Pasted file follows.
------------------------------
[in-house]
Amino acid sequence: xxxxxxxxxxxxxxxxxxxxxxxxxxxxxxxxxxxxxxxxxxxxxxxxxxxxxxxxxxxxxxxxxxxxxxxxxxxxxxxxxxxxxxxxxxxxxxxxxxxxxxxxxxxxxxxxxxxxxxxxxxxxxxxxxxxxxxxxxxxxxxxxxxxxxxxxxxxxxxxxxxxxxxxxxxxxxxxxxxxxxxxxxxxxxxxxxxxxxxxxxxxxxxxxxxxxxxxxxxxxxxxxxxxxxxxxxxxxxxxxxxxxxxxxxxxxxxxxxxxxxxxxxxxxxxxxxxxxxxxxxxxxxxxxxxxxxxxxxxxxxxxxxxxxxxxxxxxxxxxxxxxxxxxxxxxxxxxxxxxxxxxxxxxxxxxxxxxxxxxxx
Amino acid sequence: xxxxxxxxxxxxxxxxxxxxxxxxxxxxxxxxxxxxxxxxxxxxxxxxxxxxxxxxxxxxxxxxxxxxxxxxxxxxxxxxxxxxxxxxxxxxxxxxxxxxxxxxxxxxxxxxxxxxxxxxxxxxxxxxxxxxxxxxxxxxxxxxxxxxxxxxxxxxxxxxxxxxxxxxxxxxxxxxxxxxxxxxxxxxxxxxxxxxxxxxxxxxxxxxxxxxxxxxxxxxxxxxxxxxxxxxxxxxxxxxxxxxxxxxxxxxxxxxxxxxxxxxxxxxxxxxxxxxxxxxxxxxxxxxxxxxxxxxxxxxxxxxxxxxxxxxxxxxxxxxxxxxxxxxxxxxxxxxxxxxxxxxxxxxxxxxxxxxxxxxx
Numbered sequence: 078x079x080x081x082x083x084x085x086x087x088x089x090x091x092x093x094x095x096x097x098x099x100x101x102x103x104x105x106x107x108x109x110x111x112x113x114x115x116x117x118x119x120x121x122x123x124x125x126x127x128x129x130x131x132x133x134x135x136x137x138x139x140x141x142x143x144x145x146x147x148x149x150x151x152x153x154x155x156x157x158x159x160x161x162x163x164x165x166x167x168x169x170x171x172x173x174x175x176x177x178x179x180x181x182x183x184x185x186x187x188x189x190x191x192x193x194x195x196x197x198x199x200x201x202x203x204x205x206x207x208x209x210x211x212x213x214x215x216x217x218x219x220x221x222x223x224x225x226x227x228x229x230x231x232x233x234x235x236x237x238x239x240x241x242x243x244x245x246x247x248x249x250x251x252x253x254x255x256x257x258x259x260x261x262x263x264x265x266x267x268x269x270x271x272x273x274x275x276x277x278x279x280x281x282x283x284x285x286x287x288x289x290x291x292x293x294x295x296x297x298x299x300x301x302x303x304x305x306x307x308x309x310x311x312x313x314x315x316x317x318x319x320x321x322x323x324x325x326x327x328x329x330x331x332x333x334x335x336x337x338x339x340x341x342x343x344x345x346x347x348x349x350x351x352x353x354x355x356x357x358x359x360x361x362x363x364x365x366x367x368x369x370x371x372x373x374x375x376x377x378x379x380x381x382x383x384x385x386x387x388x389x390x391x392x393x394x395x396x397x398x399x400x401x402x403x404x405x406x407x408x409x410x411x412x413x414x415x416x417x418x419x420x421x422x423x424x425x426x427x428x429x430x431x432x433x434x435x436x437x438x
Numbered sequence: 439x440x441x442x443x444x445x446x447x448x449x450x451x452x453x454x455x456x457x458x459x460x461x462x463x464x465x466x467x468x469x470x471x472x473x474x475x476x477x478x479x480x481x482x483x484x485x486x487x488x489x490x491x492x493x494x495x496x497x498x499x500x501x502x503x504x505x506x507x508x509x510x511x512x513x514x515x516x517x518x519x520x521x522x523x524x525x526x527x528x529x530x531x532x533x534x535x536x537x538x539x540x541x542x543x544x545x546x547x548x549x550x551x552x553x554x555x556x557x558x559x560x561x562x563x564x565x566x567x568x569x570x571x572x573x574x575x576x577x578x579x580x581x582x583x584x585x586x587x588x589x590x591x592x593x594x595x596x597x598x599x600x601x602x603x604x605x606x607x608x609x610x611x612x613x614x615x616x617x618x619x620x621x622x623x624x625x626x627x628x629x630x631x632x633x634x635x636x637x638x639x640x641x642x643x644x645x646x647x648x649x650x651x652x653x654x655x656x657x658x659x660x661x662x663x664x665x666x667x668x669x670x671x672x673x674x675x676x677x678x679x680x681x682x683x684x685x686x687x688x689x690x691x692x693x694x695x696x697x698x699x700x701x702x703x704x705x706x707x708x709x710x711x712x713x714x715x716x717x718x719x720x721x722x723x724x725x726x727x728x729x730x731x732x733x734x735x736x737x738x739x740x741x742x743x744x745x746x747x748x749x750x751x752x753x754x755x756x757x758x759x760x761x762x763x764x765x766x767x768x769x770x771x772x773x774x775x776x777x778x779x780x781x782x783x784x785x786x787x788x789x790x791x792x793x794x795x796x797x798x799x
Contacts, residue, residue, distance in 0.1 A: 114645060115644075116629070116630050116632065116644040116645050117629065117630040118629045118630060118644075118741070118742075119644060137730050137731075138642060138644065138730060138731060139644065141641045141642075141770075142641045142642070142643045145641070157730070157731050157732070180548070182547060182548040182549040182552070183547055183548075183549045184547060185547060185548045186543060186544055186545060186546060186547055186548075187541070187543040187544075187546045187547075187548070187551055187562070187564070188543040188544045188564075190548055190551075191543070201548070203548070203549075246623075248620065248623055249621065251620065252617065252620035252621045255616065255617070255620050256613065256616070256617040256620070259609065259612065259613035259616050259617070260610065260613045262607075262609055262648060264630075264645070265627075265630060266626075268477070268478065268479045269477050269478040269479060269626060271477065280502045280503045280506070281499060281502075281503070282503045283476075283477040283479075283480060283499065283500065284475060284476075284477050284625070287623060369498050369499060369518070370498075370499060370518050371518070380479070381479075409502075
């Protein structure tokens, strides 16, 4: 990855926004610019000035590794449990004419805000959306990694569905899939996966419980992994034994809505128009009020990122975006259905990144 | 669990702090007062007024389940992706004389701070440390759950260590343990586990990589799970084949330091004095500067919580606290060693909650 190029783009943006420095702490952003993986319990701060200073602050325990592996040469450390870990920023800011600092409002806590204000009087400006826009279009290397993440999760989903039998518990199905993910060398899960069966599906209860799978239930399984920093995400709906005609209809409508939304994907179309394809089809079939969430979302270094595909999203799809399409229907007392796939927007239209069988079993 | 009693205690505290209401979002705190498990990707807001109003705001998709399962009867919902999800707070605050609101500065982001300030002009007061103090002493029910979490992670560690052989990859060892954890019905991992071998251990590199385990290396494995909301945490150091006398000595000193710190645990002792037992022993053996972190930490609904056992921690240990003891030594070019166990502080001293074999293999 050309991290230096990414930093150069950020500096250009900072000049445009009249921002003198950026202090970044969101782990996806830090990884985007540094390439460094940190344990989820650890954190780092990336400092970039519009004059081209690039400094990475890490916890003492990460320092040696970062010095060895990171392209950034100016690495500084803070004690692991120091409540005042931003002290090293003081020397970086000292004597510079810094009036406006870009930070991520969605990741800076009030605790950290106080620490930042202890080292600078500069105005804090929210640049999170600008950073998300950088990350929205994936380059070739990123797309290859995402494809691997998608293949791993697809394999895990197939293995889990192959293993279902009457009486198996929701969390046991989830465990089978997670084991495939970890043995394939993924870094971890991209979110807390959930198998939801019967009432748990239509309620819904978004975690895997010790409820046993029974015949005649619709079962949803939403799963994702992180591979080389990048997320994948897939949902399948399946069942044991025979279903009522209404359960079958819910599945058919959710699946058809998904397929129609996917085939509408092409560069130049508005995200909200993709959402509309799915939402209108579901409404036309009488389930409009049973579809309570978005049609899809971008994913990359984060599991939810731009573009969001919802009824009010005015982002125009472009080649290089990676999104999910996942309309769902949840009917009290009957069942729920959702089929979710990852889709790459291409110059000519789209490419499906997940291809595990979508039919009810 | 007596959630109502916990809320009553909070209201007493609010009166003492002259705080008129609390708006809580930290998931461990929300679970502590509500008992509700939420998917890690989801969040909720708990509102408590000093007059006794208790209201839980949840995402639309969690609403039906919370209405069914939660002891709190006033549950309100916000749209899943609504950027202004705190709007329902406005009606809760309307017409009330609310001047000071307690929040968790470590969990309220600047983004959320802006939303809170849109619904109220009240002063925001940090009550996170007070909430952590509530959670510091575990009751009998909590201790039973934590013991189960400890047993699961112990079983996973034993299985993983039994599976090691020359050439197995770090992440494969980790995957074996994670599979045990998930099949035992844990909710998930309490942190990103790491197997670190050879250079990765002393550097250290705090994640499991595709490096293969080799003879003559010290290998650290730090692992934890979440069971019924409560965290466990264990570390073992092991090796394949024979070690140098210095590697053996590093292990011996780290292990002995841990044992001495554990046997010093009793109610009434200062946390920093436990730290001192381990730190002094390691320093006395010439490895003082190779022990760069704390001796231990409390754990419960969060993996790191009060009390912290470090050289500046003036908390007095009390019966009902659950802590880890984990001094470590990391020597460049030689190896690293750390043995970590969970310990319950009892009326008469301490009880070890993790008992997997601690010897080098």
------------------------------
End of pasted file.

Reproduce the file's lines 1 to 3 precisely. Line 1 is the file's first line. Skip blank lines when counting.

[in-house]
Amino acid sequence: xxxxxxxxxxxxxxxxxxxxxxxxxxxxxxxxxxxxxxxxxxxxxxxxxxxxxxxxxxxxxxxxxxxxxxxxxxxxxxxxxxxxxxxxxxxxxxxxxxxxxxxxxxxxxxxxxxxxxxxxxxxxxxxxxxxxxxxxxxxxxxxxxxxxxxxxxxxxxxxxxxxxxxxxxxxxxxxxxxxxxxxxxxxxxxxxxxxxxxxxxxxxxxxxxxxxxxxxxxxxxxxxxxxxxxxxxxxxxxxxxxxxxxxxxxxxxxxxxxxxxxxxxxxxxxxxxxxxxxxxxxxxxxxxxxxxxxxxxxxxxxxxxxxxxxxxxxxxxxxxxxxxxxxxxxxxxxxxxxxxxxxxxxxxxxxxxxxxxxxxx
Amino acid sequence: xxxxxxxxxxxxxxxxxxxxxxxxxxxxxxxxxxxxxxxxxxxxxxxxxxxxxxxxxxxxxxxxxxxxxxxxxxxxxxxxxxxxxxxxxxxxxxxxxxxxxxxxxxxxxxxxxxxxxxxxxxxxxxxxxxxxxxxxxxxxxxxxxxxxxxxxxxxxxxxxxxxxxxxxxxxxxxxxxxxxxxxxxxxxxxxxxxxxxxxxxxxxxxxxxxxxxxxxxxxxxxxxxxxxxxxxxxxxxxxxxxxxxxxxxxxxxxxxxxxxxxxxxxxxxxxxxxxxxxxxxxxxxxxxxxxxxxxxxxxxxxxxxxxxxxxxxxxxxxxxxxxxxxxxxxxxxxxxxxxxxxxxxxxxxxxxxxxxxxxxx